The black box sits on the counter, encased in something that looks suspiciously like a gift bag, a cloud of netting pulled together at the top with an olive green ribbon. From a distance it looks like a tissue holder, but its contents are more likely to produce tears than dry them.
The box holds a small plastic bag of ashes, the remains of my dog Biscuit, a canine that filled a great deal of space during his 15 years. It wasn't his size (he weighed only 30 pounds); it was his goofy, please-love-me personality that prompted strangers to fall at his feet.
Now all of that has been reduced to a neat little package whose contents need to be scattered somewhere — under the lemon tree, perhaps, or at every stop on our morning walks — another ritual from the human world that has been embraced by pet owners.
Pet cremations — along with burials and tributes and memorials — are increasing worldwide, contributing to the continued growth of the pet industry (spending is expected to reach $70 billion in 2017). But many of us still struggle with public expressions of grief. How can the death of a dog or a cat possibly compare with human loss?
The answer to that question has inspired scholarly articles and countless essays from experts. A 2013 National Geographic report suggested that the bond between dogs and humans is about more than habit and close physical contact. "Researchers from the University of Chicago and several international institutions found that several groups of genes in humans and dogs ... have been evolving in parallel for thousands of years." The connection is "embedded in our genes."
Other research suggests that hormonal responses cement the bond.
All of which is interesting, but research and studies and experts probably won't make you feel better. Remember that black box? It holds the remnants of a relationship that most of us hope we can achieve with another human, one that is distinguished by unconditional love.
Sometimes the experience of grief can be assuaged by the mourning process.
And that's where memorials — photos, paintings, tiled stones, cremation jewelry — come in.
They're a very public acknowledgment of loss, objects that convey your sadness even if you are silent.
In the years to come, your friends and family might view that acrylic portrait above the mantle and chortle as they recall a Thanksgiving dinner when they slipped bits of turkey to the dog "that never gets people food." Perhaps they will remind you of ill-fated squirrel hunts or challenges to the Great Dane across the street that prompted snarky remarks about natural selection.
That kind of acknowledgment is likely to enhance your bonds with family and friends. But it's unlikely that you will need a reminder of that other bond.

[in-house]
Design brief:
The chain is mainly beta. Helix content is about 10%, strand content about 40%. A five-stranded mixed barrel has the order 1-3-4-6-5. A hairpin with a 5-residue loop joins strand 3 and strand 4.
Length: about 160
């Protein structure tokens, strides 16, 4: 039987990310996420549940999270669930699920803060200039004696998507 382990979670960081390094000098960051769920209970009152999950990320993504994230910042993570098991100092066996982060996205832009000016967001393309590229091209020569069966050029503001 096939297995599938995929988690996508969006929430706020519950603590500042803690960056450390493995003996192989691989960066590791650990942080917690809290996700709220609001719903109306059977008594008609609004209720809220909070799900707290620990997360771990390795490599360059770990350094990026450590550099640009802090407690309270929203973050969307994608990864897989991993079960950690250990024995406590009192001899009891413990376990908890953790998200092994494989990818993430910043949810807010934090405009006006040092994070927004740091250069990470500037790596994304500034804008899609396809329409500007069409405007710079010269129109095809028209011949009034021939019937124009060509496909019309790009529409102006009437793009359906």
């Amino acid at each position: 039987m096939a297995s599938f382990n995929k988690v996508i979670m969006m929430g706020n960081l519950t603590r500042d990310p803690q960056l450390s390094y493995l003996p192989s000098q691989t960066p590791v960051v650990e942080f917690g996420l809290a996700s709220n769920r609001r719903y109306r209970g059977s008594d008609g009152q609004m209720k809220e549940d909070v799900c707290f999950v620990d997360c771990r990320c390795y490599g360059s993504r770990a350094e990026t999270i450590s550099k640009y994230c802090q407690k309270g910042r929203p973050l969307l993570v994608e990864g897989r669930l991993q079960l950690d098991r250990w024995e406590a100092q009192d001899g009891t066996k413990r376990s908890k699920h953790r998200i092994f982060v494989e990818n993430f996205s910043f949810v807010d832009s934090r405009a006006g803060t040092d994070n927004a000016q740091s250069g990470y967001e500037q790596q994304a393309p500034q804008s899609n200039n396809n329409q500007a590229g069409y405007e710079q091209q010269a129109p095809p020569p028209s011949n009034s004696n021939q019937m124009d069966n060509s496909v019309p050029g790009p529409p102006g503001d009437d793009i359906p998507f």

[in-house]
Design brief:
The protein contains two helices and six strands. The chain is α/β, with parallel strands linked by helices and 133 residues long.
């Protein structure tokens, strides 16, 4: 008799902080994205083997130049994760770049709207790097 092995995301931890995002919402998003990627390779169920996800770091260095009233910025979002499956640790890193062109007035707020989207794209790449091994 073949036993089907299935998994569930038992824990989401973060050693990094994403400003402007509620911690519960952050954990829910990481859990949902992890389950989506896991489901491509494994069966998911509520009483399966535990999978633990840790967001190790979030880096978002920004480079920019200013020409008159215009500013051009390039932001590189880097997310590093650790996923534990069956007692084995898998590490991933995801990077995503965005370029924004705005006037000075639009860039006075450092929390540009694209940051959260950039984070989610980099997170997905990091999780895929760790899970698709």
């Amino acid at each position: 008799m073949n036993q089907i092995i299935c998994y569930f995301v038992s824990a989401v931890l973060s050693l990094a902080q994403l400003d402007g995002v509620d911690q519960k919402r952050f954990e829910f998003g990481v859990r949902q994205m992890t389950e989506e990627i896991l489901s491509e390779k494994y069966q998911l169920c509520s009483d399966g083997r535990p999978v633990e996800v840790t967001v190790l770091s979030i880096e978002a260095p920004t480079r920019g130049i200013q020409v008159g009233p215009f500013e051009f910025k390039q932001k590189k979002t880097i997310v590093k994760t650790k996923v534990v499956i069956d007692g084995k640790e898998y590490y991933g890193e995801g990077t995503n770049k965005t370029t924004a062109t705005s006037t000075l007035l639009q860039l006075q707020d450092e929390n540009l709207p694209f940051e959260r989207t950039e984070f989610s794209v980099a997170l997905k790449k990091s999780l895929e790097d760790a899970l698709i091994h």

It's embedded in your genes.
Here are a few examples we found of ways to memorialize a beloved pet:
We live in a world that is saturated with photos, but pet owners may want something that speaks to an earlier age — a portrait. Lena Sayadian is an L.A. illustrative artist who creates "nature inspired" works including pet memorials, painted on wood blocks and wood panels. Sizes range from 3-by-3 inches to 11-by-14 inches; prices range from $96 to $560. LenaSayadian.com
On a slightly larger scale, there's My Pooch Face. You can order a digital portrait for $149 (11-by-14 inches) or a hand-painted, acrylic version for $295 (16" by 16"). TheGrommet.com/my-pooch-face
No, we're not talking about taxidermy (although that's an option for grieving humans). Shelter Pups is one of a handful of companies that will use photos of your dog or cat to guide the manufacture of a stuffed animal that, in many instances, will bear a remarkable likeness to your pet. $125. ShelterPups.com
If you can access your own patch of greenery (and even if you can't), a mosaic portrait stone may be in order. Send a photo to the Water's End Studio and the artist will make a 12-by-12-by-2-inch stone with a hand-painted image that is fired onto a porcelain tile and surrounded by Italian glass tiles. $775. GardenBenches.us
If you want to memorialize a pet with a necklace or bracelet or ring, the options are plentiful. There are vials (that hold remains) to wear around your neck, charms that incorporate paw prints and pendants stamped with photos.
Inspired by her schnauzer Atticus, stylist Carrie Cramer launched her eponymous jewelry line last year, and many of her necklaces feature dog charms crafted to look like a specific breed (a poodle or a dachshund, for example). They come in silver, gold plate, and solid gold (yellow, white and rose) and can be ordered with diamond collars or all-over pave. Prices start at $195. CarrieCramer.com
There are many lines of jewelry that use the solidified ashes from cremation instead of gem stones — like this North Star pendant offered on Etsy. The artist from CloseByMe jewelry makes an eight-pointed star (in sterling silver or 14 karat gold) designed to cradle a "stone" that looks like ancient Roman glass. Last we checked: $200 for silver, $420 for gold. Etsy.com